FACE TO FACE: Lynda Reid – Communicating a Vision

The private, and prestigious, Auckland girls’ boarding and day school catering for Years 1-13 was hosting students’ grandparents the day Management magazine spoke to Lynda Reid. Maybe that’s why she refers to the school’s extended stakeholder group as the St Cuthbert’s family.
“I always think the role of the head is quite polarised,” she explains. “A head has to deal with some very different sets of stakeholders. On one level we’re business, and I have set of stakeholders who expect this business to be run in the most effective and efficient way possible: But with very high level of understanding that the parents are committing some very hard-earned discretionary dollars to their daughters’ education.”
Nothing unusual so far. These are the normal expectations of any business leader. But there’s an added dimension peculiar to schools. “At the same time, we have group of very key stakeholders in parents who also expect this to be very people-focused business. They have quite different view of my role. They see me as the person who knows their daughter, knows intimately what’s going on in the school.” This means being physically present at huge range of events, and being very personal figurehead for the school.
To do all of this, Reid says she has inherited and developed “the most fantastic” senior management team. Even so, it would take some special skills to successfully link the needs of nearly 1500 students and each of their supporters.
Dr Lester Levy, chief executive of Auckland University’s Leadership Institute, recently described Reid as an “authentic leader”, as someone who is interested in the long-term health of the enterprise. Reid herself talks of “strong sense of stewardship” driven by the high level of stakeholder commitment to St Cuthbert’s. “I really like,” she says, “to work in collegial way.”
Regular 360-degree reviews with the entire staff also tell Reid that she’s regarded as both fair and consistent.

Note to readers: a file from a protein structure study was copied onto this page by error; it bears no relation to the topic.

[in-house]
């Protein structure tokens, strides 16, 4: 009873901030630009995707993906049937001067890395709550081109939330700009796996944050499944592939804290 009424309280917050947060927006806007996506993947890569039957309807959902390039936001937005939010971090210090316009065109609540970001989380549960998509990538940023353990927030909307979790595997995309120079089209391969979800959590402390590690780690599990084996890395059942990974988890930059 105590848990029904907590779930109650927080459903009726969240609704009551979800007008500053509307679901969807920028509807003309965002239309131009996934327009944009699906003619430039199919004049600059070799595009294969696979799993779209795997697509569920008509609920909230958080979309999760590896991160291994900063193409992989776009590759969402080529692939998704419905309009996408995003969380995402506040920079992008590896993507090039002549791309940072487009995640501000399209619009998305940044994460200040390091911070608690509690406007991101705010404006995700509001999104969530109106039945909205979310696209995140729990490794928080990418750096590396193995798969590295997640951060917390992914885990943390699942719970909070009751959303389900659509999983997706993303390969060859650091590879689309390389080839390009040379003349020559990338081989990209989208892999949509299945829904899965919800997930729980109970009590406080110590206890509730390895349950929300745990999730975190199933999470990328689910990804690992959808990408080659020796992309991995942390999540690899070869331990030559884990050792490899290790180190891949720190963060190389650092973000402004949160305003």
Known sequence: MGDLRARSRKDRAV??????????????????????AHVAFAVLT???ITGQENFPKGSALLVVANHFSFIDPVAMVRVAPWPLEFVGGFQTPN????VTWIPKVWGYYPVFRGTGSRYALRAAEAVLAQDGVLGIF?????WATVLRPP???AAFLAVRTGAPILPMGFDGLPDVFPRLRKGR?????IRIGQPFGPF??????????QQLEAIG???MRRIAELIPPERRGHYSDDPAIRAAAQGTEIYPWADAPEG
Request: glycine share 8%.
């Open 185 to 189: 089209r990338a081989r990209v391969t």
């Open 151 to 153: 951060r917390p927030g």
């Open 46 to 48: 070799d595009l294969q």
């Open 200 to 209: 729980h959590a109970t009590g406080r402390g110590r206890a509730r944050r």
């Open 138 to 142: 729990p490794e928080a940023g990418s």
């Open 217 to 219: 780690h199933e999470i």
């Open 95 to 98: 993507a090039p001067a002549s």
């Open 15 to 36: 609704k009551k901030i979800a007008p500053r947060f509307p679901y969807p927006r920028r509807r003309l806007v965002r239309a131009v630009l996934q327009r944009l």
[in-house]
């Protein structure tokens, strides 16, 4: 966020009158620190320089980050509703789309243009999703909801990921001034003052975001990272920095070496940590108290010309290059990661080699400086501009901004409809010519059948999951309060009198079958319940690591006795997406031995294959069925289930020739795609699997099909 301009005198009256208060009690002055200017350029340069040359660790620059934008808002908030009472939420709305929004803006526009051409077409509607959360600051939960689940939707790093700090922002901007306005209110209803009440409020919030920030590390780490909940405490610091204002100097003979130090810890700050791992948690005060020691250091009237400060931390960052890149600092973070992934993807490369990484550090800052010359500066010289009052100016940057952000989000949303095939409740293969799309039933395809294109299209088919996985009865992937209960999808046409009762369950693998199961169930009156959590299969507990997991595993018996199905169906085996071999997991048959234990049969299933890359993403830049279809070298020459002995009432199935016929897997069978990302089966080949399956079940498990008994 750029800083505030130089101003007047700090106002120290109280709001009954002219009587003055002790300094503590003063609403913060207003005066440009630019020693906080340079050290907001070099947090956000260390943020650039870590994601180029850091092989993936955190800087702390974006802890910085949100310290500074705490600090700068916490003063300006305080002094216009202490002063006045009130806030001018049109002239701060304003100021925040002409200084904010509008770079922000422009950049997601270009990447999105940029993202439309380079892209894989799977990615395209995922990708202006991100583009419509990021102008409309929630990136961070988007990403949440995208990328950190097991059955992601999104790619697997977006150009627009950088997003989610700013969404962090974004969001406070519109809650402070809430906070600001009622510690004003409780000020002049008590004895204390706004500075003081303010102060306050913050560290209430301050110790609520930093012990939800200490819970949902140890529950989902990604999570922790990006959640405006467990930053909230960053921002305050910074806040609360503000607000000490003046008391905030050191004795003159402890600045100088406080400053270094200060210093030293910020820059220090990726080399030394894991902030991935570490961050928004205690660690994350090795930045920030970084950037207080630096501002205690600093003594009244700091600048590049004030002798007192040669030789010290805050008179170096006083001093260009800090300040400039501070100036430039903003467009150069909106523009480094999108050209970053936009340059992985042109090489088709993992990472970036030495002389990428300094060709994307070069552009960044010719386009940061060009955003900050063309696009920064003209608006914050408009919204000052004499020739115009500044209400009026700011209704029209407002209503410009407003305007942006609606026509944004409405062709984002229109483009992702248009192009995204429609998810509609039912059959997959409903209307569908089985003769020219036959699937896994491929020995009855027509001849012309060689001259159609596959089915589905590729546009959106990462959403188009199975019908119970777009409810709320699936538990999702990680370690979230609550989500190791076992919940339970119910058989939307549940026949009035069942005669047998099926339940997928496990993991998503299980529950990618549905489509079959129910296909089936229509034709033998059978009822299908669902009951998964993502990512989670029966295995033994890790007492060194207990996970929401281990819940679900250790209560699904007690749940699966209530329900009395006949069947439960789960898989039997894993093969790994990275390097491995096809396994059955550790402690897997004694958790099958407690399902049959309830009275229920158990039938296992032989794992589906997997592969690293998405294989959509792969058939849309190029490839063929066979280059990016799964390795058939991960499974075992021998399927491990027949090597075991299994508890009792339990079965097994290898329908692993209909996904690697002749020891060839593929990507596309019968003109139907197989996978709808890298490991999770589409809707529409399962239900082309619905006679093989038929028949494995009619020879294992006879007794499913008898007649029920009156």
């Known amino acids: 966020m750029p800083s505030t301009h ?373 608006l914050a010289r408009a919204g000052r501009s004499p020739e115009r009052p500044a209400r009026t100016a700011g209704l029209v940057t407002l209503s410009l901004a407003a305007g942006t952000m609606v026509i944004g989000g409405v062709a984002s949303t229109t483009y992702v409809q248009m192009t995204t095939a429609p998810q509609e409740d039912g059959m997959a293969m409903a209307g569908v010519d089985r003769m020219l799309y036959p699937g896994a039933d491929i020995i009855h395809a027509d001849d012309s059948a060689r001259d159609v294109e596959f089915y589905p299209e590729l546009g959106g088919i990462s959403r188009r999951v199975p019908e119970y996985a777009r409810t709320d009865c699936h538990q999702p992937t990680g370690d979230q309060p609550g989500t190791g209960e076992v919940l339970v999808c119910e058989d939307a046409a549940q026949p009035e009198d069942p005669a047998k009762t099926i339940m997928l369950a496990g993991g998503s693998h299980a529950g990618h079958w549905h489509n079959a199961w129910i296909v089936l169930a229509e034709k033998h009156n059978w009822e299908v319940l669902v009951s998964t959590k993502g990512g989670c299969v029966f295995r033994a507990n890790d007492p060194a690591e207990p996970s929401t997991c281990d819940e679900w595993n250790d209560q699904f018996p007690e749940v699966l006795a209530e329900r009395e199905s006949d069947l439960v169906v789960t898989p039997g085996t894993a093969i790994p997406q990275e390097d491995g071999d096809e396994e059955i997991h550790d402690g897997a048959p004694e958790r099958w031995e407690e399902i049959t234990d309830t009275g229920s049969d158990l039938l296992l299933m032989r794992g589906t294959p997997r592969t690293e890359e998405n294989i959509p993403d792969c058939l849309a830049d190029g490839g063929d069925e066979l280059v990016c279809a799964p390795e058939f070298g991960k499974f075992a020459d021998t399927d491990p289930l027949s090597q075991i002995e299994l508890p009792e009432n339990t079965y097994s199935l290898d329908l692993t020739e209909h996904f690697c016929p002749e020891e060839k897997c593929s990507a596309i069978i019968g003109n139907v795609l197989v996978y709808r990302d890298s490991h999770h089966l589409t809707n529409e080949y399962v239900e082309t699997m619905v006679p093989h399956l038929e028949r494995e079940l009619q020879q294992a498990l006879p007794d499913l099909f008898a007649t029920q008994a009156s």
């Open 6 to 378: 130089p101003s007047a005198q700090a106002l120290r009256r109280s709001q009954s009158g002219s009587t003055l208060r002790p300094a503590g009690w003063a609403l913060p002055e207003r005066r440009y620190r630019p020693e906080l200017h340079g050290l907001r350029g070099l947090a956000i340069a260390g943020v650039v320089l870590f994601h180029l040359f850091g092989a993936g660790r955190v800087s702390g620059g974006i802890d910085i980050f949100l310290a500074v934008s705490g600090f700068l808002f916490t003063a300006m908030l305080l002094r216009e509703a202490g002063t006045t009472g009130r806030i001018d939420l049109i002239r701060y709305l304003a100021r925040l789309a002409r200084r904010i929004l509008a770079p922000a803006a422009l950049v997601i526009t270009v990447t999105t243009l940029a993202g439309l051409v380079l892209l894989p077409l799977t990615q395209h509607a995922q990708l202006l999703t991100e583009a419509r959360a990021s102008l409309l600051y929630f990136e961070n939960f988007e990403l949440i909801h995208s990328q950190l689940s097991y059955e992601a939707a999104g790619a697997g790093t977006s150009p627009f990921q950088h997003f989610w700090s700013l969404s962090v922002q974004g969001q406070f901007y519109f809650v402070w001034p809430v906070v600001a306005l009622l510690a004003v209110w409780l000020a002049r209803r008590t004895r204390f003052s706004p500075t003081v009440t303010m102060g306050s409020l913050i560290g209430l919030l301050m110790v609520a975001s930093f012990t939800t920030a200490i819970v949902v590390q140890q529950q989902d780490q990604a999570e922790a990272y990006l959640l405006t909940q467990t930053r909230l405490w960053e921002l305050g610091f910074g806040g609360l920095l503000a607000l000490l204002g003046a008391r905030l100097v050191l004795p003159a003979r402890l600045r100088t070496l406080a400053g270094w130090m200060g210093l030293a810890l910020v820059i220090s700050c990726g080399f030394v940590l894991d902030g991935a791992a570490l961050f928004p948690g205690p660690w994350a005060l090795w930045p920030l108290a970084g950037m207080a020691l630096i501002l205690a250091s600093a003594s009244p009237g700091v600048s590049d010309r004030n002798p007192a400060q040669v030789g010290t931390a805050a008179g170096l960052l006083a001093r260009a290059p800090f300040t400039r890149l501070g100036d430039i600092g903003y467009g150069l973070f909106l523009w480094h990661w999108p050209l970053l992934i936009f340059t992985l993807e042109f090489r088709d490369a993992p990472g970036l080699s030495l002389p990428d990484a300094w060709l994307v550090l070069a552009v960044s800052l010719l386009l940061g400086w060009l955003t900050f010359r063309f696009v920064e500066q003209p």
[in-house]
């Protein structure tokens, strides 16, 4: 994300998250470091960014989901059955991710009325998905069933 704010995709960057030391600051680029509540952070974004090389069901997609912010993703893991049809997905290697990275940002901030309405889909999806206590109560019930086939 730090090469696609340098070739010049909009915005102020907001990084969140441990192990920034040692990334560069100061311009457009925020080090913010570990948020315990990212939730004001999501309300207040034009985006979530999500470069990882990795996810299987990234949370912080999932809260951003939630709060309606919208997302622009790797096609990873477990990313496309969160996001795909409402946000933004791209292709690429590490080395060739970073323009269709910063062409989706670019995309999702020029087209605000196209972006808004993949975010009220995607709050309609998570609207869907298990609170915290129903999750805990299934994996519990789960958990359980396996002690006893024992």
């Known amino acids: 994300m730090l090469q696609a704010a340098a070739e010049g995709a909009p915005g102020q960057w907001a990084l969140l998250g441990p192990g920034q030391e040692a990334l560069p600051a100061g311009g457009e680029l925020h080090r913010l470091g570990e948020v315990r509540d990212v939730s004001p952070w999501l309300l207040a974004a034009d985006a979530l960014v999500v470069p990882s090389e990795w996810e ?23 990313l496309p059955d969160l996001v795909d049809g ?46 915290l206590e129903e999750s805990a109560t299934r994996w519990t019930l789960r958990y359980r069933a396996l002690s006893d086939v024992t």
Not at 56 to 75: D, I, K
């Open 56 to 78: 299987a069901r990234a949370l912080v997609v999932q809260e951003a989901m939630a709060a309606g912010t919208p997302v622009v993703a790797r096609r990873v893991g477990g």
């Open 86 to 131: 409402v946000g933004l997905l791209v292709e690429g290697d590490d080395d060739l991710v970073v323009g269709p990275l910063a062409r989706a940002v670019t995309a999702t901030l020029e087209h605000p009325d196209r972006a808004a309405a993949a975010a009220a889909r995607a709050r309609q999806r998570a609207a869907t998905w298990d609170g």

Around her she’s created team with breadth in terms of the qualities that they bring. “I really believe in giving people autonomy within their areas of practice. I want to be involved. I want them to use me as sounding board. I want to come in, work with them through the final decisions but I really want them to have an absolute stake in what they’re doing.” And the structure is relatively flat because the staff have explicit and substantial areas of responsibility.
“Within that I want every staff member to understand what the purpose and focus of the organisation is. I see that one of my key roles is communicating.” And, it would seem, applying business tools in robust fashion.
Reid has won praise from her school board for having one of the strongest strategic planning models they’ve seen. The school has an explicit strategic planning process and regularly critiqued strategic plan. At the beginning of each year, staff are given strategic focus document “that articulates our eight core strategies and what we are doing this year. Everybody who is line manager within the organisation works to an operating plan – all of which feeds back to master operating plan and then into strategic plan. It’s good model.”
In fact, following recent staff interviews for Harvard-style case study of St Cuthbert’s School by The Leadership Institute, Lester Levy told Reid that at every level of the organisation people can articulate shared vision around what the purpose of the organisation is, and how they achieve that purpose.
Reid says that she knew “early on” that she wanted to become principal. That stems from combination of being enthralled with the subjects she wanted to teach – English, history and drama – and an interest in management. She thanks the head of her Christchurch primary school for telling her mother, “This girl has to go to university”, and her mother “probably the person I admire most in the world” for making it all possible. Reid is very aware of the sacrifices her mother had to make on her behalf, and Reid certainly leaves one with her sense of appreciation.